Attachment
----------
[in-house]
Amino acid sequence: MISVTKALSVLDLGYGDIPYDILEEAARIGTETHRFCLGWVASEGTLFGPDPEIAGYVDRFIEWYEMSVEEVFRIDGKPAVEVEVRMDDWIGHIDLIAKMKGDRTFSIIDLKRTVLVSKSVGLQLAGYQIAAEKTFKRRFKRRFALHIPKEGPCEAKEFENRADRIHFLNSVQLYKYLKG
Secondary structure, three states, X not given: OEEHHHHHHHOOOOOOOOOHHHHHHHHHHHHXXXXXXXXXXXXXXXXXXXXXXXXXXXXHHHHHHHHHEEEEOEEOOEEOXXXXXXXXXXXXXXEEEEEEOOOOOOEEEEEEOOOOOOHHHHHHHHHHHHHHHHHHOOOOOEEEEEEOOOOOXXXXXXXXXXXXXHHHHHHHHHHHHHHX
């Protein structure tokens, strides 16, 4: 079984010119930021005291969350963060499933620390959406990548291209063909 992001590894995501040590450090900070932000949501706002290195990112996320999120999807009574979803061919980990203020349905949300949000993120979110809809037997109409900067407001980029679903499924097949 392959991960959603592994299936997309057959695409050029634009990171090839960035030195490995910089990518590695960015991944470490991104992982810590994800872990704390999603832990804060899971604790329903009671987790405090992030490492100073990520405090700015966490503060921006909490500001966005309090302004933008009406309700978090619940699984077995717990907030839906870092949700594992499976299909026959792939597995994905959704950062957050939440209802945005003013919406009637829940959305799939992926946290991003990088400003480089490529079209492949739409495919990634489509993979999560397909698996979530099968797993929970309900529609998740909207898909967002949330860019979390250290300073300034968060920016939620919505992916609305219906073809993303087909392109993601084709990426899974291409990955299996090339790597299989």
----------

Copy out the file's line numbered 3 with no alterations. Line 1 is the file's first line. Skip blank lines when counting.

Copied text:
Secondary structure, three states, X not given: OEEHHHHHHHOOOOOOOOOHHHHHHHHHHHHXXXXXXXXXXXXXXXXXXXXXXXXXXXXHHHHHHHHHEEEEOEEOOEEOXXXXXXXXXXXXXXEEEEEEOOOOOOEEEEEEOOOOOOHHHHHHHHHHHHHHHHHHOOOOOEEEEEEOOOOOXXXXXXXXXXXXXHHHHHHHHHHHHHHX